Cannabis in Malawi – Laws, Use, and History

The Malawi flag and a cannabis plant

It’s illegal to sell or distribute cannabis in Malawi, though the law is more ambiguous regarding its usage. Drug trafficking and illegal cultivation are both big problems in the country, as impoverished farmers grow cannabis to boost their finances. The country’s government is starting to see the economic benefits that growing hemp may offer.

    • Capital
    • Lilongwe
    • Population
    • 23,277,000
    • CBD Products
    • not clear
    • Recreational cannabis
    • Illegal
    • Medicinal cannabis
    • Illegal

Cannabis laws in Malawi

Can you possess and use cannabis in Malawi?

The law is somewhat ambiguous regarding the use or possession of cannabis in Malawi. The Dangerous Drugs Act states that “The Minister may by regulation: prohibit, control or restrict the production or possession” of cannabis. In reality, though, the authorities spend more time trying to stop drug trafficking than drug usage.

As such, cannabis is widely used across the country, and arrests for possession are relatively uncommon.

Can you sell cannabis in Malawi?

It’s illegal to sell or distribute cannabis in Malawi. This wasn’t the case before 1961. However, after signing the UN Single Convention on Narcotic Drugs, traffickers have become subject to penalties, such as prison sentences. Despite this fact, smuggling cannabis is still fairly commonplace.

After a government crackdown in 2000, seizures of cannabis decreased. The situation has fluctuated since 2004. For example, in 2008, 25 tonnes of cannabis were seized; the following year it was just 1.4 tonnes. It’s unsurprising that this poverty-stricken country has issues with cannabis trafficking; it produces the largest amount of cannabis in southern Africa (the and is third largest producer in the continent) and the prospect of generating money is a powerful motivator.

Malawi is constantly subject to international pressure regarding its trafficking activities. For example, the 2000 crackdowns were a direct result of criticism received from other countries in the Southern Africa Development Committee.

A Malawian mountain landscape

Can you grow cannabis in Malawi?

Malawi’s law forbids the cultivation of cannabis or hemp. Despite this, plantations are fairly common, and cannabis growth is the main illegal drugs-related activity in the country.

This is largely because so much of Malawi’s land is ideal for cultivation. The warm, humid lowlands of the Great Rift Valley provide fertile soil for growth, as do the temperate uplands that surround it. Due to the fact that many of the country’s people live in poverty, the potential to make money from growing it is almost irresistible.

The principle areas of cultivation in Malawi are:

  • The Nkhotakota region
  • The Likwawa Hills (Mzimba district)
  • Ntchisi
  • Kasungu Ntcheu
  • Dedza

Generally speaking, the women take responsibility for the production and processing of the cannabis, and the men are responsible for its sale and trafficking.

Is CBD legal in Malawi?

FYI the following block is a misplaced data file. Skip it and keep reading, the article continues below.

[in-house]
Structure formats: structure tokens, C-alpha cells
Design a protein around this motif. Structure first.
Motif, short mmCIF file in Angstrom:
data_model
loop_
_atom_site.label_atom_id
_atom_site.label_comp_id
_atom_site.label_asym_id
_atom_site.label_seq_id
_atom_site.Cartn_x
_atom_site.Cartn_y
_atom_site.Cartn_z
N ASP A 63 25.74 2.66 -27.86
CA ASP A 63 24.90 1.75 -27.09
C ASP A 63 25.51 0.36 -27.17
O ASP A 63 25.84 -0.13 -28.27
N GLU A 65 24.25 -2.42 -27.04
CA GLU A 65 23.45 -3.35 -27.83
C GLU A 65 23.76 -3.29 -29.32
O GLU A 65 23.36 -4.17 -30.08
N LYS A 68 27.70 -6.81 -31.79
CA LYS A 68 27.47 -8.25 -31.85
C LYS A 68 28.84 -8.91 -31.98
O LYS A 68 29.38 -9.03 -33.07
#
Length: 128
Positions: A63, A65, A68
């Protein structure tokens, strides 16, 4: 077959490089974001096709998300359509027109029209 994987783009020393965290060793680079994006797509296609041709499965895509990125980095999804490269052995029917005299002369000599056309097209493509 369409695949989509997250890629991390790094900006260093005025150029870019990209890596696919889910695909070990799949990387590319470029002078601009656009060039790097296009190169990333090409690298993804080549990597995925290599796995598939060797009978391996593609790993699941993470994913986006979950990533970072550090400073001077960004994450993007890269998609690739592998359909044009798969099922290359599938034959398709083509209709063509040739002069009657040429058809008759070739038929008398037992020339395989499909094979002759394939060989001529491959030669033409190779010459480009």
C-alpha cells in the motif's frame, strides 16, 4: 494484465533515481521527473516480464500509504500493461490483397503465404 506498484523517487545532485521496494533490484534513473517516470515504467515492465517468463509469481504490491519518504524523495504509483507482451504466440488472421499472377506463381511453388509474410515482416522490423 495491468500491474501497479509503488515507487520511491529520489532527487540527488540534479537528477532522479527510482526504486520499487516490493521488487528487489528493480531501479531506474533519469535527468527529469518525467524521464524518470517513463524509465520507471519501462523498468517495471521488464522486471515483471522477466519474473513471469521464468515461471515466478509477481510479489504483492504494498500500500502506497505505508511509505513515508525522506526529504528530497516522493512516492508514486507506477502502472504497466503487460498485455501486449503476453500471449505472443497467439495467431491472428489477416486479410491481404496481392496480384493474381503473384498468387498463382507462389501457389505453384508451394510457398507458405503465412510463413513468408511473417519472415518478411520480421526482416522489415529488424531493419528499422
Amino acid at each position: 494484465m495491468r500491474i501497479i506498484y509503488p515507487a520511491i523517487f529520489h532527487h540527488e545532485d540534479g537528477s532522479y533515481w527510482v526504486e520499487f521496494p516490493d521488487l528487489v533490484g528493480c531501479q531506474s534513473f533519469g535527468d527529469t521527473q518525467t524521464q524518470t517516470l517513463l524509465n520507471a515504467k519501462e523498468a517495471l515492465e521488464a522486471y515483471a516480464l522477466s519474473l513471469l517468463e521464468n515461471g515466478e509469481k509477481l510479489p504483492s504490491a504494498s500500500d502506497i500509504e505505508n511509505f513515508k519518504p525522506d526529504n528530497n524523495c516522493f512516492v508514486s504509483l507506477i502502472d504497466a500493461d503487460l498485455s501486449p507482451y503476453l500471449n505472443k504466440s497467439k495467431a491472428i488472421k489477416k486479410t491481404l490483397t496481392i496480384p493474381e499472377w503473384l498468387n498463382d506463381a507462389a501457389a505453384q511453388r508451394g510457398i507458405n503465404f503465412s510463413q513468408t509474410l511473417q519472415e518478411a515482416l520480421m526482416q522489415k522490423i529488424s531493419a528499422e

In the Dangerous Drugs Act, it’s written that “the fixed oil obtained from the seed” of Indian hemp (cannabis) is exempt from the laws governing the plant. However, this terminology is ambiguous.

The Malawi government has given certain companies licences to cultivate cannabis to be made into CBD oil, then sold to an international market.

The chemical formula of CBD on a mini chalkboard, CBD oil, capsules, and cream

Can cannabis seeds be sent to Malawi?

The Dangerous Drugs Act states that cannabis seeds are illegal, unless the seed has been “crushed, comminuted or otherwise processed in such a manner as to prevent germination.” However, given that most cannabis seeds purchased online haven’t been processed to stop them from germinating, this means you cannot mail them into the country.

Medicinal cannabis in Malawi

Until recently, Malawi didn’t have a medicinal cannabis programme. However, in February 2020, the government passed a bill, decriminalising the cultivation of cannabis for medicinal purposes.

The decision was largely driven by economic potential, rather than health benefits. As much of the country is suitable for cannabis cultivation, the government have increasingly become aware of the huge profit-making potential of legalising the crop.

Boniface Kadzamira, an ex-MP, commented: “It is my strong view that cannabis will in the long run replace tobacco to become our major cash crop – that will contribute hugely to the GDP.”

Industrial hemp in Malawi

Malawi’s government is slowly adjusting their attitudes to industrial hemp. Invegrow was the first company to be granted a licence to conduct research trials on industrial hemp.

Since then, other investors have approached the government with a view to grow industrial hemp in the country. In 2018, Green Quest Pharmaceuticals stated that they were searching for 50,000 hectares of land on which to cultivate hemp for clothing and medicine, among other things. Graham Macintosh, an investor in the company, commented: “Everyone should be allowed to grow cannabis without any legal impingements, from a small one hectare to 101 hectares of land.”